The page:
Next year, it wouldn’t be like this. We might be going through the same things, but the feelings won’t be the same. All these will be coming to a close soon. The thing I’ve been dreading the most is finally real. Saying goodbye, something I’ve been trying to avoid so much.
How could you not let the tears fall with that realization?
The lights came back on and then I just started hugging my friends, the people that gave the past three years meaning. Some of them would be the ones I’ll be separated with soon. Just writing this makes me feel sad again. The hugs, the thanks, the apologies. We’re really leaving soon and we won’t go back to the way everything is right now. I can’t remember the faces I saw that night, what I said to them or anything, but I remember the feelings.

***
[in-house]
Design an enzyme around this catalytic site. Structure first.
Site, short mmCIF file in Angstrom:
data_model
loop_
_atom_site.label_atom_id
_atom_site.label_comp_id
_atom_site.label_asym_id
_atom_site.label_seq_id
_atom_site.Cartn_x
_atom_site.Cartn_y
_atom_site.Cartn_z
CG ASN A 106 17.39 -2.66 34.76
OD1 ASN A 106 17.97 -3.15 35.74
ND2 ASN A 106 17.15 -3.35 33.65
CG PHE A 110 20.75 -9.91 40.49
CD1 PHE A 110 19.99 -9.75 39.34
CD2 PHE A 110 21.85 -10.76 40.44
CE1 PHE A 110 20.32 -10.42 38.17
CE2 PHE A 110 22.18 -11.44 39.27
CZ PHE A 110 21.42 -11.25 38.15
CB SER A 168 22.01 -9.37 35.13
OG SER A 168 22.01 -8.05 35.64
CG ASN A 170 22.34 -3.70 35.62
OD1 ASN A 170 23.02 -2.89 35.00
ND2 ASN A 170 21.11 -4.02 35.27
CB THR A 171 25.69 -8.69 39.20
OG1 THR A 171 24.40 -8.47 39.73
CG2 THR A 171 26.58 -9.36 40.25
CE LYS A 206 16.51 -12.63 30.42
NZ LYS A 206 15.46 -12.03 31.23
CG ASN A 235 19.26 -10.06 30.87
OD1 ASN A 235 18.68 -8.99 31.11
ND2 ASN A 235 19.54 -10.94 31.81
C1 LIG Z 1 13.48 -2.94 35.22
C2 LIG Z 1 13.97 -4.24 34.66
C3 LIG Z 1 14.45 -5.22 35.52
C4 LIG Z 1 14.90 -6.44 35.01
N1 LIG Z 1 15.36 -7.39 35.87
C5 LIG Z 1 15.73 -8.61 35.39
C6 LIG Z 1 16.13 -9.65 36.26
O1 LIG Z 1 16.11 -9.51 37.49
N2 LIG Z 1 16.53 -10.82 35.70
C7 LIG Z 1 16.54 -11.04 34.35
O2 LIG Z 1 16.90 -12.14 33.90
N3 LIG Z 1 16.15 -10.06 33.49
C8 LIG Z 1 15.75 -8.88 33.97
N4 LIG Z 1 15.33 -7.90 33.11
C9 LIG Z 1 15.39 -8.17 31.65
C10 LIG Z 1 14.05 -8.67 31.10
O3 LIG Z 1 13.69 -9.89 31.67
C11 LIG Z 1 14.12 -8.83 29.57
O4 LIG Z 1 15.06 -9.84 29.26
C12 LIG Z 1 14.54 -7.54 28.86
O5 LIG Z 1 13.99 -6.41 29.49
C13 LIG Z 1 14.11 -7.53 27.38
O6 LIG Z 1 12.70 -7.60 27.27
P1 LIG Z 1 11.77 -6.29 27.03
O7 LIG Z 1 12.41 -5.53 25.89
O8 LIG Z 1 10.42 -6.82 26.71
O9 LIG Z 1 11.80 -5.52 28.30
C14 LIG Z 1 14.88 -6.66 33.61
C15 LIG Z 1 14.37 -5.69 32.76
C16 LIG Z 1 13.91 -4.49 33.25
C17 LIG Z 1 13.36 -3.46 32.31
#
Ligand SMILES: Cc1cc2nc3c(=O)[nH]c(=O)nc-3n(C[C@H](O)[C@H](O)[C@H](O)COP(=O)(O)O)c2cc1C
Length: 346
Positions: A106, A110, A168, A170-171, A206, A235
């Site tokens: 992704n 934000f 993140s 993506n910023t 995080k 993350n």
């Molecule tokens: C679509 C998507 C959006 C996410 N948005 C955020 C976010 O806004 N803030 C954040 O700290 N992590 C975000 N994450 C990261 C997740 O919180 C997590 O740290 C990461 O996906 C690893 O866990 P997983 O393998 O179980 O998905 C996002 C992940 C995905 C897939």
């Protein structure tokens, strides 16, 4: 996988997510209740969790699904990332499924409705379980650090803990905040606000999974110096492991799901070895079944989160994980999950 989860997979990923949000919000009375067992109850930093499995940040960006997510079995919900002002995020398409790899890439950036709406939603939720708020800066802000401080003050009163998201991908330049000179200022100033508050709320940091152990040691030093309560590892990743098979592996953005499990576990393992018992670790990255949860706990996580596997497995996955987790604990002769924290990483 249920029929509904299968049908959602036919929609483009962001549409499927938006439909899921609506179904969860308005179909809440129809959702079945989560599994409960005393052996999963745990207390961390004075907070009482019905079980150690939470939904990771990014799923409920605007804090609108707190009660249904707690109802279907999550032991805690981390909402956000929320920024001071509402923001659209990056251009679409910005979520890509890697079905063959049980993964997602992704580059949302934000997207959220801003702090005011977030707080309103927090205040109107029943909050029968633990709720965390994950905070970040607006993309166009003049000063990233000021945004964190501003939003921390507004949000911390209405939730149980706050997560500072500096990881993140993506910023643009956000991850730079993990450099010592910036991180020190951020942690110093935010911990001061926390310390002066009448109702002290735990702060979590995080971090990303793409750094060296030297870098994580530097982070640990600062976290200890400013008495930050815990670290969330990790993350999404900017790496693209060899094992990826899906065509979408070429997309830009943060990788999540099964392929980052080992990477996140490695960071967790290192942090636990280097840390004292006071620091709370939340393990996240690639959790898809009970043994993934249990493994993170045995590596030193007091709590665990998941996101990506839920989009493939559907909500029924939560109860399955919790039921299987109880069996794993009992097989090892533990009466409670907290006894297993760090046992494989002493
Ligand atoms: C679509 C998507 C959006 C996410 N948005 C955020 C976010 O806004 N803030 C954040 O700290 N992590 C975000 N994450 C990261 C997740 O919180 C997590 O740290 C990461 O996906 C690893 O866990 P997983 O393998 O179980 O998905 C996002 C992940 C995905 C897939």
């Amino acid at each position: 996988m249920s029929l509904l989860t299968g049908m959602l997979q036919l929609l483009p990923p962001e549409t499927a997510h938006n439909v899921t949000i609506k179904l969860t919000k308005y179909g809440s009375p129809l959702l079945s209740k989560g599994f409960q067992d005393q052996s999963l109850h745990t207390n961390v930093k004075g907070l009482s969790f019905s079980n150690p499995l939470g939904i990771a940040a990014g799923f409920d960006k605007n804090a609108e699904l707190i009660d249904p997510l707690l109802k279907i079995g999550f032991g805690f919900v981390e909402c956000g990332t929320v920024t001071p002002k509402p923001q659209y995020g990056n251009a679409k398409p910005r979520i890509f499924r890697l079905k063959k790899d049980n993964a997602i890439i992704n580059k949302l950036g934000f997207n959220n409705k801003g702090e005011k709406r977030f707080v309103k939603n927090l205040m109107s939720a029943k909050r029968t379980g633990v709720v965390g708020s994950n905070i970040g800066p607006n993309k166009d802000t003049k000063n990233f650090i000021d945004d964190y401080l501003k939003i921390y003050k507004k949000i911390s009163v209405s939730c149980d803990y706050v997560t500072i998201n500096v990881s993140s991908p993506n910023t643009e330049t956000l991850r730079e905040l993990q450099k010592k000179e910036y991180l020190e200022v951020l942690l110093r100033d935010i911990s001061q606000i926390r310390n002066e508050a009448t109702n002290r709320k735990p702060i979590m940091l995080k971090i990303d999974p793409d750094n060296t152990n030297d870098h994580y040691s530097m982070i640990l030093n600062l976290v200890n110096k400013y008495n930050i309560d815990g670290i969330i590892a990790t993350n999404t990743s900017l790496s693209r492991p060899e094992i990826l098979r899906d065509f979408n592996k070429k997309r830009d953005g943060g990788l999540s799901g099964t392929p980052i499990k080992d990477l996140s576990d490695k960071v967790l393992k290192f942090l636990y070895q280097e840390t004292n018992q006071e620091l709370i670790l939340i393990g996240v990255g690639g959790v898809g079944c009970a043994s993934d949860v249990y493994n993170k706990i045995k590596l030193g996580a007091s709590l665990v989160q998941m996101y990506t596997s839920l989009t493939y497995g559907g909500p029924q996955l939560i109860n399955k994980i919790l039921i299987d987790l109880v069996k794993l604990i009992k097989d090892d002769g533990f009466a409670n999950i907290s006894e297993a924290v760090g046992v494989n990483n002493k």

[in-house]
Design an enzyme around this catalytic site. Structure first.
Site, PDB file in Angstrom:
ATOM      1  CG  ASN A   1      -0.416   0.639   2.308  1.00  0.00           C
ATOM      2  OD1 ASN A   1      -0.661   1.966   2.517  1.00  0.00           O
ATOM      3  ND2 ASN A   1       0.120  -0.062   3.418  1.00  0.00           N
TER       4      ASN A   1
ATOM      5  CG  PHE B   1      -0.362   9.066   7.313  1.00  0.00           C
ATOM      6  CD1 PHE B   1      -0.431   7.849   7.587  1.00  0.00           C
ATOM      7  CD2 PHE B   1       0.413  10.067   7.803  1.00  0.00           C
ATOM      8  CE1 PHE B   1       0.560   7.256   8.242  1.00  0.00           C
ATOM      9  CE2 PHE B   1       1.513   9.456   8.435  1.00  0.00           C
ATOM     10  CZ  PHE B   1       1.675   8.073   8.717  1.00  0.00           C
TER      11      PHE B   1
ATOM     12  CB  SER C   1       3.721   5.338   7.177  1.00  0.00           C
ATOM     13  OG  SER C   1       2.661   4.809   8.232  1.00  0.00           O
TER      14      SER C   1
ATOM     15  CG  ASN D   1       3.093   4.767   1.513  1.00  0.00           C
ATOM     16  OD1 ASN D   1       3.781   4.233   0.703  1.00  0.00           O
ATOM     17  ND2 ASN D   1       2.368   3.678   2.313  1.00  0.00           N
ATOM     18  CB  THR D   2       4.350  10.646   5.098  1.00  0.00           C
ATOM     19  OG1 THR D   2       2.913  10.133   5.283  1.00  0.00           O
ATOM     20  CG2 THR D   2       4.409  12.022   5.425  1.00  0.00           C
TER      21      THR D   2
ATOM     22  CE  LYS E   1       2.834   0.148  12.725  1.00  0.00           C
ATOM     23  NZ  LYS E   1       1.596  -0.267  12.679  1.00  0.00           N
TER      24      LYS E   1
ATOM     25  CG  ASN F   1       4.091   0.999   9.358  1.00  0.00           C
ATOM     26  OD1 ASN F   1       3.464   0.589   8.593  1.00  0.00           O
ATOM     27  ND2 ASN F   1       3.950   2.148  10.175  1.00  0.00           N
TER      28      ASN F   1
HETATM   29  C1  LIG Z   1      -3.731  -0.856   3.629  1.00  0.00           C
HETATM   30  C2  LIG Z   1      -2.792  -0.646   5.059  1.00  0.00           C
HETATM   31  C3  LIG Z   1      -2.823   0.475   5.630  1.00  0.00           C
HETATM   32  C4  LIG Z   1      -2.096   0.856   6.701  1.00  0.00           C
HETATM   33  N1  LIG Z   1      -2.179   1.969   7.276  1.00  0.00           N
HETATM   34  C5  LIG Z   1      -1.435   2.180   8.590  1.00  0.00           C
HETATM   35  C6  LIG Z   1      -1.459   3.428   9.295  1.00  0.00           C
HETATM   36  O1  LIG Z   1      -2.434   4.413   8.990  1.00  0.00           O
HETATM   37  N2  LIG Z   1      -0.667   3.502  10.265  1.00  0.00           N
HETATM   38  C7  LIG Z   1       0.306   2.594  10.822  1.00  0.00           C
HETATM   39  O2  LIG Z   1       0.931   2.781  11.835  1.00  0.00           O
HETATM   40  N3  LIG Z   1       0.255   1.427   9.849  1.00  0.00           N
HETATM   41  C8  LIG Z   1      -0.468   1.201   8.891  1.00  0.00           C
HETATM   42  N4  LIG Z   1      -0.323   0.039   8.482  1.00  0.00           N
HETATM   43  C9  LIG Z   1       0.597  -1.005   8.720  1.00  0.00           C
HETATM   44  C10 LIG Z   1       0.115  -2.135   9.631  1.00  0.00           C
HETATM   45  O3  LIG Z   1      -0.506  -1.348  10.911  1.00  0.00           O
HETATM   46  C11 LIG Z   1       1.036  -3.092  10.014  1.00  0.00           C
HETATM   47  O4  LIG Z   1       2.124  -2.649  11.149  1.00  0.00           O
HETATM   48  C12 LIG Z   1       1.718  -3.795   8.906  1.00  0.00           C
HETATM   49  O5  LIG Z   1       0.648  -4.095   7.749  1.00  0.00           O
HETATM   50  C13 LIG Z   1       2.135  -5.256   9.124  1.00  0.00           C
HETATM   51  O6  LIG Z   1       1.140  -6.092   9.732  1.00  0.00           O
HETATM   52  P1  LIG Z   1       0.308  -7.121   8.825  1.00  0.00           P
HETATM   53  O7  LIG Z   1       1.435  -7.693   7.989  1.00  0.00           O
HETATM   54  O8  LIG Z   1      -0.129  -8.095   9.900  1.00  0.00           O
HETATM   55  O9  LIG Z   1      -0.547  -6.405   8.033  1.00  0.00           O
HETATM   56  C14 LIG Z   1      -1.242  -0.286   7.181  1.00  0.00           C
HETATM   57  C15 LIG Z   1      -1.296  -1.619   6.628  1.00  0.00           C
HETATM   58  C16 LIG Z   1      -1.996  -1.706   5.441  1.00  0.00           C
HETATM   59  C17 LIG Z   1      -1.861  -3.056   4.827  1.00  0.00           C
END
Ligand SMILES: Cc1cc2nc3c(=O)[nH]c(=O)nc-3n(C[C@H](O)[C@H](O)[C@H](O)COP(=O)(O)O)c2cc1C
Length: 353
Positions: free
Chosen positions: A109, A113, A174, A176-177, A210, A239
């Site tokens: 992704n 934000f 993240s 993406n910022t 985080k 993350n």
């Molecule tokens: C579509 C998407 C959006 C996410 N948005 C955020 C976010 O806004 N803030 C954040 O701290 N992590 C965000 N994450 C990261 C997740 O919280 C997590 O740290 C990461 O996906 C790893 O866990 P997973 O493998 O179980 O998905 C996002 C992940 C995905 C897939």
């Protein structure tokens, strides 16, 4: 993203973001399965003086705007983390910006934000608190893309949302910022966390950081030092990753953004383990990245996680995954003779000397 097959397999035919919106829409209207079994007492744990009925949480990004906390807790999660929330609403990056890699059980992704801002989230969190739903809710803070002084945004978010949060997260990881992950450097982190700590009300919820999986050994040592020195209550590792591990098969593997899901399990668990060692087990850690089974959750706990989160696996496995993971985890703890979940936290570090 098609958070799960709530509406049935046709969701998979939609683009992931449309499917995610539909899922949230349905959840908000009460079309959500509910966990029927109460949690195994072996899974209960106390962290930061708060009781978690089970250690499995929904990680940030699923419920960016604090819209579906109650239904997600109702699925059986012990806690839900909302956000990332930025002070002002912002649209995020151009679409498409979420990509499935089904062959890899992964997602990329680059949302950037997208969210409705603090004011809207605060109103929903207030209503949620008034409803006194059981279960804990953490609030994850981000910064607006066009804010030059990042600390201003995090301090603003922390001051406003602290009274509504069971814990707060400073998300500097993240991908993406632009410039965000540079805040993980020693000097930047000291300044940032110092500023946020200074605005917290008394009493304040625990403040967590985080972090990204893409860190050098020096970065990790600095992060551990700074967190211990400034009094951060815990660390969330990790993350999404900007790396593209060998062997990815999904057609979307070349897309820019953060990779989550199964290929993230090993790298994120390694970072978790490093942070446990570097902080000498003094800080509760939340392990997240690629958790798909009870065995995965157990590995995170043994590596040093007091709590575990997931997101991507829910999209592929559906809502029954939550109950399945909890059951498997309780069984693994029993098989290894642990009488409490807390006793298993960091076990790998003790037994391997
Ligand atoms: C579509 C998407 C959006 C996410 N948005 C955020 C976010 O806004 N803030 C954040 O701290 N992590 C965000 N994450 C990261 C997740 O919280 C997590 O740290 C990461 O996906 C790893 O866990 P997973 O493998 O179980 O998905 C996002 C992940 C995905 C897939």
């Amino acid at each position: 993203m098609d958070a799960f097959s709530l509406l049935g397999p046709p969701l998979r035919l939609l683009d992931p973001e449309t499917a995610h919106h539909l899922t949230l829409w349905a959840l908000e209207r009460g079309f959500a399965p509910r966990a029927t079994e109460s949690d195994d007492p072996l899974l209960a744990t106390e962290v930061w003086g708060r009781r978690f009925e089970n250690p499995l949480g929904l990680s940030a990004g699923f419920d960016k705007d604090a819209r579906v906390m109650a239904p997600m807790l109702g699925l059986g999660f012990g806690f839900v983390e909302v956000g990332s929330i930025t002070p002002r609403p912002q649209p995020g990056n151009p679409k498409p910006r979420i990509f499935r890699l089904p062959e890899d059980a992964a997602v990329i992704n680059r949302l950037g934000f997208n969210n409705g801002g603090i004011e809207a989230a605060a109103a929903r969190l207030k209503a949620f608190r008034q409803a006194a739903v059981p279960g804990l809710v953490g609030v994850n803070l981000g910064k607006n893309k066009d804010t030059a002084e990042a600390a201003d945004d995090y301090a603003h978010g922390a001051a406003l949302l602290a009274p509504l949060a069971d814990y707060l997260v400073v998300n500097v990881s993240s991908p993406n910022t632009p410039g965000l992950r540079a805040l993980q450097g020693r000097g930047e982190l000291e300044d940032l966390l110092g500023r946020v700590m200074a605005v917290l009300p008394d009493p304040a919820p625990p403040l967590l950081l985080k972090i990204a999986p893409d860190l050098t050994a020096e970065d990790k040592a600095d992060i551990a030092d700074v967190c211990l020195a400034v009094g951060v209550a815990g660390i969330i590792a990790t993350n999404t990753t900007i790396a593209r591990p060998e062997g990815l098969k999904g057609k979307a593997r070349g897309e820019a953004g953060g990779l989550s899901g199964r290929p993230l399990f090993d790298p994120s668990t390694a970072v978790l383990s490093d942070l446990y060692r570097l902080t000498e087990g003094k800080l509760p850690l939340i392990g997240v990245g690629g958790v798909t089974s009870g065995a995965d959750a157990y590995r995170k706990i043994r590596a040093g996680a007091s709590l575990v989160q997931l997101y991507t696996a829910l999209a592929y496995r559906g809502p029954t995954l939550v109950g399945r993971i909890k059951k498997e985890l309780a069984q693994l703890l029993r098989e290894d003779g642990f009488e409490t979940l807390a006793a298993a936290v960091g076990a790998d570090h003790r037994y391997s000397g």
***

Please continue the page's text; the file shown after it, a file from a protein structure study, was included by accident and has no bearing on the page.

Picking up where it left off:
I walked out of the venue that night still tearing up, emotionally whacked out. The question “why do I have to separate with these amazing people?” found its way into my head and stayed there. I tried to stop crying in the bus, but then Owen started singing Air Supply’s Goodbye right next to me and I started tearing up again. And then I spent the ride home with my dearest boys, the brothers that kept sticking by my side no matter what : Owen and Julius. Listening to everything they said in the bus, my tears never stopped falling.
The thought of being separated with them was unthinkable until now. I’ve loved them both so much.
That night, once I arrived at the hotel, I sat on that crammed double bed with my BlackBerry, settling every dispute that’s been haunting me, crying over the regrets, and cleaning everything up. That was emotionally tiring for me, but at the same time there’s a new feeling — relief. I won’t have to walk out of the school being the person I used to be when I came to school. And I’m glad about that.
“I’ve got a memory, always inside of me. And I won’t go back, back to how it was. I believe you now. I’ve come too far. And I can’t go back, back to how it was.” (Switchfoot – This Is Home)